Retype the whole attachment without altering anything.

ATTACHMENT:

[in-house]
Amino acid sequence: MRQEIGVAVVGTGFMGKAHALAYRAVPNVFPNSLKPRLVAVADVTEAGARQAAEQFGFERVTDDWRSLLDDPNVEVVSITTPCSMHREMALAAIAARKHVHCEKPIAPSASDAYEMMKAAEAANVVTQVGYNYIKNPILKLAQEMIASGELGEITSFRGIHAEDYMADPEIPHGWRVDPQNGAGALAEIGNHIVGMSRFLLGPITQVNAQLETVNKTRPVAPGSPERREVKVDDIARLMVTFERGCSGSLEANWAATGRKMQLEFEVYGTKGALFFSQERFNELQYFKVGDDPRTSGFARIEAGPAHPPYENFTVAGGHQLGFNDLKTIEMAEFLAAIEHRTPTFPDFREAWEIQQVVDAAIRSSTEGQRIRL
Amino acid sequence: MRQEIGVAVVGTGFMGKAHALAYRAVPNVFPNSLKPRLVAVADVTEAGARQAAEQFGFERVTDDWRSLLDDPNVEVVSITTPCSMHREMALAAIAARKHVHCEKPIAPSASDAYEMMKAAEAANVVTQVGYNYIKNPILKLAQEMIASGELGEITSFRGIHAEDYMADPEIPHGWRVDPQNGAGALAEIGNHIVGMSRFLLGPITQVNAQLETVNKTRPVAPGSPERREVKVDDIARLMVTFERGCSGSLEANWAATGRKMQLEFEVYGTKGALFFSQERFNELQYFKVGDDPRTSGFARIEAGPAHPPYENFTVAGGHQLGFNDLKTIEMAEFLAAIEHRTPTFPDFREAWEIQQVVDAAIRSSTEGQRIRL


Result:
[in-house]
Amino acid sequence: MRQEIGVAVVGTGFMGKAHALAYRAVPNVFPNSLKPRLVAVADVTEAGARQAAEQFGFERVTDDWRSLLDDPNVEVVSITTPCSMHREMALAAIAARKHVHCEKPIAPSASDAYEMMKAAEAANVVTQVGYNYIKNPILKLAQEMIASGELGEITSFRGIHAEDYMADPEIPHGWRVDPQNGAGALAEIGNHIVGMSRFLLGPITQVNAQLETVNKTRPVAPGSPERREVKVDDIARLMVTFERGCSGSLEANWAATGRKMQLEFEVYGTKGALFFSQERFNELQYFKVGDDPRTSGFARIEAGPAHPPYENFTVAGGHQLGFNDLKTIEMAEFLAAIEHRTPTFPDFREAWEIQQVVDAAIRSSTEGQRIRL
Amino acid sequence: MRQEIGVAVVGTGFMGKAHALAYRAVPNVFPNSLKPRLVAVADVTEAGARQAAEQFGFERVTDDWRSLLDDPNVEVVSITTPCSMHREMALAAIAARKHVHCEKPIAPSASDAYEMMKAAEAANVVTQVGYNYIKNPILKLAQEMIASGELGEITSFRGIHAEDYMADPEIPHGWRVDPQNGAGALAEIGNHIVGMSRFLLGPITQVNAQLETVNKTRPVAPGSPERREVKVDDIARLMVTFERGCSGSLEANWAATGRKMQLEFEVYGTKGALFFSQERFNELQYFKVGDDPRTSGFARIEAGPAHPPYENFTVAGGHQLGFNDLKTIEMAEFLAAIEHRTPTFPDFREAWEIQQVVDAAIRSSTEGQRIRL